Claudio Da Gama Rose, BlueBay Institutional Portfolio Manager, and Nick Maini, Associate Institutional Portfolio Manager, Global Leveraged Finance team, discuss the set of opportunities for active asset managers for high yield.
In fixed income markets, and particularly in high yield, it is our view that a specialist asset manager has important advantages at their disposal to generate excess net-of-fees returns versus a passive strategy.
The three main advantages
- The high yield asset class is faced with inherent challenges. The complexity of high yield market structures and instruments, the trading conditions, and issuance turnover can make execution more challenging than other asset classes.
- Passive strategies can have severe limitations. How high yield indices are constructed and rebalanced means that passive strategies experience higher tracking errors and typically underperform their index.
- In high yield, active managers benefit from access to a broader opportunity set, alpha generation through active positioning and credit selection and well-established trading relationships with access to primary issuance.
Analysis is key
The high yield universe encompasses a long tail of issues from smaller or privately owned companies that trade with lower liquidity than bonds from larger BB-rated companies. Effective analysis can enable active managers to avoid those issuers whose credit metrics are deteriorating and identify those most likely to experience a credit event that might materially impact performance, like a credit rating upgrade or downgrade.
To further enhance active analysis, it is possible to incorporate a variety of environmental, social, and governance (ESG) factors into a research process. Active managers have a stronger incentive to engage with corporate issuers and have a greater ability to influence change in company behaviour as active investors. For engagement on ESG-related matters, active investors are well-placed to encourage issuers to modify their behaviours to achieve better stakeholder outcomes.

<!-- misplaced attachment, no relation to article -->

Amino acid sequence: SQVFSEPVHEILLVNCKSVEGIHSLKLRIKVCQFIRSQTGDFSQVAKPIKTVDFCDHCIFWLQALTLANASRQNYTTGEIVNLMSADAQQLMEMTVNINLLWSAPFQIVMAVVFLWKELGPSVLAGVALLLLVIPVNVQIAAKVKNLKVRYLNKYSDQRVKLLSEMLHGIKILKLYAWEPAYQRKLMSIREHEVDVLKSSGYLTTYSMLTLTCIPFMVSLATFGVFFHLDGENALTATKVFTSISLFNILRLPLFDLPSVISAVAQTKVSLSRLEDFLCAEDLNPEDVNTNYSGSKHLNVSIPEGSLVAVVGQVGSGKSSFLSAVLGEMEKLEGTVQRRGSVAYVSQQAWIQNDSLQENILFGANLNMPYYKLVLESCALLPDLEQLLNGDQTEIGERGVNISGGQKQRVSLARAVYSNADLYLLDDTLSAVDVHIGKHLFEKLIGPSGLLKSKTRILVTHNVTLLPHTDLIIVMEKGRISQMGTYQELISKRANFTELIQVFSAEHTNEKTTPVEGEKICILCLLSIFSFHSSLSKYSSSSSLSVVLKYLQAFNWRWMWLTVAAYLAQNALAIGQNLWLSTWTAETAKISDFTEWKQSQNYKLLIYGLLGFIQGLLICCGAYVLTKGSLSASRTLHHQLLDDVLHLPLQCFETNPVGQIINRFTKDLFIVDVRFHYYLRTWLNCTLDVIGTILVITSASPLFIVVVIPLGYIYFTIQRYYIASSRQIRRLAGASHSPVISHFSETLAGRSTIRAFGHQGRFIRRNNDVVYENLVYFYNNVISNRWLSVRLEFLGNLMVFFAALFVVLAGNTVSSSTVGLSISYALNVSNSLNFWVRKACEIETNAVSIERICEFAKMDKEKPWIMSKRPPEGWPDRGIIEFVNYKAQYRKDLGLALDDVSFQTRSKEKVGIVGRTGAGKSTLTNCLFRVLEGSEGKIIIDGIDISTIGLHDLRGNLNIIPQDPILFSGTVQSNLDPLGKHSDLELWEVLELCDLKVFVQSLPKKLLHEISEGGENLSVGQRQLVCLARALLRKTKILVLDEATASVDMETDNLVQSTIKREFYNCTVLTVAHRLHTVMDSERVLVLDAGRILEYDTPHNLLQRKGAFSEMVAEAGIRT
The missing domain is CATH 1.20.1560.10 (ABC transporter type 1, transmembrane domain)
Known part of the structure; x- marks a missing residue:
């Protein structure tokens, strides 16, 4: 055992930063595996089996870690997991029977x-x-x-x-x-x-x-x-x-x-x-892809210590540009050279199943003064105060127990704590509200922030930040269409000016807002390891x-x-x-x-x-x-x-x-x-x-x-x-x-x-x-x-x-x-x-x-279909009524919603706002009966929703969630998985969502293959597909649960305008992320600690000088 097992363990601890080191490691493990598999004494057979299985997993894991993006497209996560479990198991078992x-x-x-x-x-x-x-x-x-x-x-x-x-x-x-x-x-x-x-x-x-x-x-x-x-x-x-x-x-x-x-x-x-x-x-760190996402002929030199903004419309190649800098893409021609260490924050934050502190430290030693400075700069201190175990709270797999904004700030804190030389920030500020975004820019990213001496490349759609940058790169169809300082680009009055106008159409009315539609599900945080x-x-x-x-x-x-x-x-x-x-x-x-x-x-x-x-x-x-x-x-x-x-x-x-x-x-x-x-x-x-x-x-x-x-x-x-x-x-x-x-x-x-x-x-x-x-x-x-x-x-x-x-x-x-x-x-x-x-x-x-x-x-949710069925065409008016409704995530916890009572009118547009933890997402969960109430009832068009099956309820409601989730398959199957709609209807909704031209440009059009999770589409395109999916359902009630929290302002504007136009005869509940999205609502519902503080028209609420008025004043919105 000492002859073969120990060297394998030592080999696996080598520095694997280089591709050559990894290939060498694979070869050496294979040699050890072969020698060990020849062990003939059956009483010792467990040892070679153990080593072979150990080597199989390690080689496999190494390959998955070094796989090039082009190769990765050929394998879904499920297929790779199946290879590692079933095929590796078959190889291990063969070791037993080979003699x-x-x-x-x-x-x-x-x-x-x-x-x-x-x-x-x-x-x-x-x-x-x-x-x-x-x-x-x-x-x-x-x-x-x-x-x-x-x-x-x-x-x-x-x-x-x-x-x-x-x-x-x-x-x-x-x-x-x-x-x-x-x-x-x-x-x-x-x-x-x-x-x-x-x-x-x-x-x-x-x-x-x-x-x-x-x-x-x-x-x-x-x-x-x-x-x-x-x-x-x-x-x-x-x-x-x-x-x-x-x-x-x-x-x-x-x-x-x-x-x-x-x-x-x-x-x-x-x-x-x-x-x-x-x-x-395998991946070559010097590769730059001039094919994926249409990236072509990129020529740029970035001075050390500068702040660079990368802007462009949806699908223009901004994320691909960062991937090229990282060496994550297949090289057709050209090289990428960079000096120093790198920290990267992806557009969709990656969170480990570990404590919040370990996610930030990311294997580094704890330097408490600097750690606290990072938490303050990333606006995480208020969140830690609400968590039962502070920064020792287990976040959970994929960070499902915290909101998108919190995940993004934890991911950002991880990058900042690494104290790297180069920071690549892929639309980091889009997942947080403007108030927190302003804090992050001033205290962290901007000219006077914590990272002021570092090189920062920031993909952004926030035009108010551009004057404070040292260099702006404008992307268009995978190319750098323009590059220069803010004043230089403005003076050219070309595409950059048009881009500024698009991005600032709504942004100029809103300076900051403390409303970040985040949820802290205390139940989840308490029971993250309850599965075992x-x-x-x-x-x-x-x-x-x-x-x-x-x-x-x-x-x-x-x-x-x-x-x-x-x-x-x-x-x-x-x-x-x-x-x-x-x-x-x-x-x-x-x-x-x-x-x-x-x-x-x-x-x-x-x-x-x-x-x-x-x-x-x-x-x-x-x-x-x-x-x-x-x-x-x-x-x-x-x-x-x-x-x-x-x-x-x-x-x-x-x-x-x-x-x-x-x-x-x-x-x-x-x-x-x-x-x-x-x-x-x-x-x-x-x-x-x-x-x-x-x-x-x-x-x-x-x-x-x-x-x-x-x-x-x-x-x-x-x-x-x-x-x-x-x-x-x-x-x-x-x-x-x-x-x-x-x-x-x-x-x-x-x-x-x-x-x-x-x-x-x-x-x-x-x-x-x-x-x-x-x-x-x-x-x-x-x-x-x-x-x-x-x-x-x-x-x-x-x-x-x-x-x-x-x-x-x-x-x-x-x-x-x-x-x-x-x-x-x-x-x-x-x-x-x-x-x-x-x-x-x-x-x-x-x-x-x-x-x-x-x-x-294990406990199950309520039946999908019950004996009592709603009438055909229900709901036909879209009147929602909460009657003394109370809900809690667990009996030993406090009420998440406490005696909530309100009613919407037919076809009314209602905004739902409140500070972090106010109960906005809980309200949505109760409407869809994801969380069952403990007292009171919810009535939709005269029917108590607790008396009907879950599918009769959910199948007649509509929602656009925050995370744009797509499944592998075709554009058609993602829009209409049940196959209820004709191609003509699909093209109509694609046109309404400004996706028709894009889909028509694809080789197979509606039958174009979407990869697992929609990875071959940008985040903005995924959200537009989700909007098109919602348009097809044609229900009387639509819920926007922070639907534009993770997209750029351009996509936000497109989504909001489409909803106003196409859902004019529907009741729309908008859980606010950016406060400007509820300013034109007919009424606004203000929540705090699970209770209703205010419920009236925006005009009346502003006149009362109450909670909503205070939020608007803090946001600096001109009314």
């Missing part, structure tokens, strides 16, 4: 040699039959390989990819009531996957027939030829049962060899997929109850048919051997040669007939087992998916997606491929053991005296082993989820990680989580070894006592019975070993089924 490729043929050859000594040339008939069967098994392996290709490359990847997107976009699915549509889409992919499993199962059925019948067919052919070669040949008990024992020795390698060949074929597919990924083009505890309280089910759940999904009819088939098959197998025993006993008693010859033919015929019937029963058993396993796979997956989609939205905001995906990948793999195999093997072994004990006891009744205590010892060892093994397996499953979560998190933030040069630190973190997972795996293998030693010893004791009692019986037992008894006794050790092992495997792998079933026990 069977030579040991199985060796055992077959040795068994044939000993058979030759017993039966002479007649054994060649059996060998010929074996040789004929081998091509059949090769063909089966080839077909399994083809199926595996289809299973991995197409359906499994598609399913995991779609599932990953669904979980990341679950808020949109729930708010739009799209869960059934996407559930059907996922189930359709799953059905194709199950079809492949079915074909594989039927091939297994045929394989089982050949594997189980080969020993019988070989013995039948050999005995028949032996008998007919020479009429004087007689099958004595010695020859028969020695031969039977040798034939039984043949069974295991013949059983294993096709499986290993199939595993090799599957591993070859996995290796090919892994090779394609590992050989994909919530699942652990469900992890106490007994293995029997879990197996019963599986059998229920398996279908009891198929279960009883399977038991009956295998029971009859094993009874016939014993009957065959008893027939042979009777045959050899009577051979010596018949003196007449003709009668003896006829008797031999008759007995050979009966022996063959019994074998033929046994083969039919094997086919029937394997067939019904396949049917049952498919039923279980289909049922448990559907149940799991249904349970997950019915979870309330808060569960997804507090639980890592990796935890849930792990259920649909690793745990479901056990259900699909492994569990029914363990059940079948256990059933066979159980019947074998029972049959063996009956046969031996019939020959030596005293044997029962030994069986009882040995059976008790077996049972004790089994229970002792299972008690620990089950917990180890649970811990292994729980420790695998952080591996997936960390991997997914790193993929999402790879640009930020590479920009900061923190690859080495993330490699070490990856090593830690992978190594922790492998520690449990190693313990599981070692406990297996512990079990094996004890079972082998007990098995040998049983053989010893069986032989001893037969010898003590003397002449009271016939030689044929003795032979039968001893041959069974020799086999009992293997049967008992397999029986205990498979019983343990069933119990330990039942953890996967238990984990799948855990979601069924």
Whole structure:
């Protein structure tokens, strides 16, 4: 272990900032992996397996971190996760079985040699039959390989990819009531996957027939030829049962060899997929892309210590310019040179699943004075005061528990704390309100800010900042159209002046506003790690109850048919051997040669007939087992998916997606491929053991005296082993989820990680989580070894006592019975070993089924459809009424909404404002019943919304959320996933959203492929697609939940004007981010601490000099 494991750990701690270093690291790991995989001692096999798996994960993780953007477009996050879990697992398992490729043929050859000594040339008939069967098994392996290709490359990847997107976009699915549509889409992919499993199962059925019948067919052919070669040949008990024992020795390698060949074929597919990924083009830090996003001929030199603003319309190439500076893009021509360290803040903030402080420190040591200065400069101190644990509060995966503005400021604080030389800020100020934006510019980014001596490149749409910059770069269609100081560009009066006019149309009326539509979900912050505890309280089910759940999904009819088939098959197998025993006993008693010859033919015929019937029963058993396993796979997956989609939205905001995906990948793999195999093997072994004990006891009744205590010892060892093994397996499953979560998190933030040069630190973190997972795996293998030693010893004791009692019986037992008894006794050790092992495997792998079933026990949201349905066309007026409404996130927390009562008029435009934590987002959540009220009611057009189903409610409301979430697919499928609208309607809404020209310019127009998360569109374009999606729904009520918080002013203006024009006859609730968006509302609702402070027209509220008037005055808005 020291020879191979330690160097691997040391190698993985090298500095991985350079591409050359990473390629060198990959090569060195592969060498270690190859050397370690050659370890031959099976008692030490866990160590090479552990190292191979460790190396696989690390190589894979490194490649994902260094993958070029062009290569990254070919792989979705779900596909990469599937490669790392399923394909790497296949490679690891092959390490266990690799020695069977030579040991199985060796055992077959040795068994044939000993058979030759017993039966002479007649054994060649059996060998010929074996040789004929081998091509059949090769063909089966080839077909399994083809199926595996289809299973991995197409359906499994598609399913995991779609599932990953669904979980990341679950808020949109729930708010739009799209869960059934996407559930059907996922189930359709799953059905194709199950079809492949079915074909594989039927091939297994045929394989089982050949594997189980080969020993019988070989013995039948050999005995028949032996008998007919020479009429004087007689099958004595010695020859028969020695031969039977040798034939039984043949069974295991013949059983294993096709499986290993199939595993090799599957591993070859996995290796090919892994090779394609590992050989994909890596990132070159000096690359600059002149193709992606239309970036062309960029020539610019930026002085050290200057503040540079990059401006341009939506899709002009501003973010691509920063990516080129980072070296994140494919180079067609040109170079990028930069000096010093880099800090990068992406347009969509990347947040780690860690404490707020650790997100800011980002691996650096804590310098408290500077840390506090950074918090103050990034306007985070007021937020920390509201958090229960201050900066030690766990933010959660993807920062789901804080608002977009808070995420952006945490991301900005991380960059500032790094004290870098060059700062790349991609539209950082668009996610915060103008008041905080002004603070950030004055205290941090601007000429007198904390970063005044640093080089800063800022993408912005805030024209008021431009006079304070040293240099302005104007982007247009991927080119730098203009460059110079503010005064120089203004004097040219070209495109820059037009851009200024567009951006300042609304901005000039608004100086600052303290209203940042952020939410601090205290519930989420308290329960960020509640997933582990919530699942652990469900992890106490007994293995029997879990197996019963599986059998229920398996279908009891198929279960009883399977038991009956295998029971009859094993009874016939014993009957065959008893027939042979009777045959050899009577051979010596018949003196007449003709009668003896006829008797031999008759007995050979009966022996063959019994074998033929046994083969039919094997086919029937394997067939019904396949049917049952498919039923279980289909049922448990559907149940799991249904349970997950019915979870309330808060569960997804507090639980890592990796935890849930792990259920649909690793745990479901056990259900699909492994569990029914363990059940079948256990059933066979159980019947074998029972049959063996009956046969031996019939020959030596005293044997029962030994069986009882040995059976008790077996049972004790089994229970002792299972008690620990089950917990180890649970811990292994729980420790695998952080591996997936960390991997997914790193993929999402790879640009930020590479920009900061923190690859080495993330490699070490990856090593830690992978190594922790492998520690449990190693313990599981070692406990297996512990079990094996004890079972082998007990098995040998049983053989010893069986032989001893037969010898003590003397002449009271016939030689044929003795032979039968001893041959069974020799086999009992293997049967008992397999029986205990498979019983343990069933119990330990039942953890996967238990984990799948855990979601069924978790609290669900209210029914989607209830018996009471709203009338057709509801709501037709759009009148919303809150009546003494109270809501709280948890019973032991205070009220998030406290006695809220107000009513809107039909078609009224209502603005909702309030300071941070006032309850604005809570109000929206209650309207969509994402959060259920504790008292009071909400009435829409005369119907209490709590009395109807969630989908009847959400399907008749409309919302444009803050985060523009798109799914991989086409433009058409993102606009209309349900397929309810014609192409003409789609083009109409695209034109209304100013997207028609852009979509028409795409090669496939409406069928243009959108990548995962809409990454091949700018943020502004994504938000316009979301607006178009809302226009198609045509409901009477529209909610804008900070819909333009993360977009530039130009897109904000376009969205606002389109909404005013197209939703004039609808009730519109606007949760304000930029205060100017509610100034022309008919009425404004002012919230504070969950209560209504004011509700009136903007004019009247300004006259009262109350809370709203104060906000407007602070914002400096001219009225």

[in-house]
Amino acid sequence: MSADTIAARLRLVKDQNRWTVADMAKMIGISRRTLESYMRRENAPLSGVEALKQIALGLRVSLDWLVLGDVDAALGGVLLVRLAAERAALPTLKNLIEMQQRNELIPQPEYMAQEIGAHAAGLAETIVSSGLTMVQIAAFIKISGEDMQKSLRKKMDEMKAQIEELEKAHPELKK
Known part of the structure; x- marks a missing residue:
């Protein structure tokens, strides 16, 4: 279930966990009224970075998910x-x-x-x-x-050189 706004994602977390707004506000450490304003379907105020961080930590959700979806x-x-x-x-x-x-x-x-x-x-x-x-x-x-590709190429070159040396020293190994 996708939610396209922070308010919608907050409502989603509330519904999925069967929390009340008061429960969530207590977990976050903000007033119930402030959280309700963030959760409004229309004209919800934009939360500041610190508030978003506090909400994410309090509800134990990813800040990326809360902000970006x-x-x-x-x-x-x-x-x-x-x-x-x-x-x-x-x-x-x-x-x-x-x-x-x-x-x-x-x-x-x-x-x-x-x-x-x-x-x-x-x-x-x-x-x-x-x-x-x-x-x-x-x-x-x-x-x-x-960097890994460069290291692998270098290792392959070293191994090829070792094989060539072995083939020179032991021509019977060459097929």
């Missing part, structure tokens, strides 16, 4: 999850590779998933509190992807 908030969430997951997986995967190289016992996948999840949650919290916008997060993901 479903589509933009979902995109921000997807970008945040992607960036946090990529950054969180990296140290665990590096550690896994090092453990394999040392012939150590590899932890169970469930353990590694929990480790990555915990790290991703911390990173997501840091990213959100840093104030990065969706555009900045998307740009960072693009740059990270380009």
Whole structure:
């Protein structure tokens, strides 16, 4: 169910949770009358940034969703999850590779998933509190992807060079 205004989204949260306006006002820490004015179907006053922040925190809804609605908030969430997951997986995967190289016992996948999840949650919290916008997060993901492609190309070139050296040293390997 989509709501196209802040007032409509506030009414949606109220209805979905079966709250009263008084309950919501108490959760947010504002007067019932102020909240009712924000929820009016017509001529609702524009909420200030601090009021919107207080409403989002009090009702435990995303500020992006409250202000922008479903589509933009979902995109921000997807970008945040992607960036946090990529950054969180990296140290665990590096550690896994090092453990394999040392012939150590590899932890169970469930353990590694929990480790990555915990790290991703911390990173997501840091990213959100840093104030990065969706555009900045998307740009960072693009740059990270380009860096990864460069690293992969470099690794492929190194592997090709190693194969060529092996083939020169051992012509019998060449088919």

The case for active management is compelling and will only become increasingly important as we move further away from the era of quantitative easing. Owning a broad-based basket is far less attractive today than in previous decades.
Likewise, while volatility remains a feature of markets, the dispersion of investment outcomes will likely increase, presenting an opportunity for active managers. Structurally, the asset class is also experiencing the tailwind of extra income on offer from high yield bonds. At these levels, coupons and all-in yields are enticing by historical standards and offer the potential for strong risk-adjusted returns if accompanied by careful name selection.
In a world that continues to prove highly uncertain, active managers who have demonstrated skill in capitalising on volatility and uncertainty through their process, experience, capabilities, and skills should have plenty of scope to continue to deliver sustainable alpha.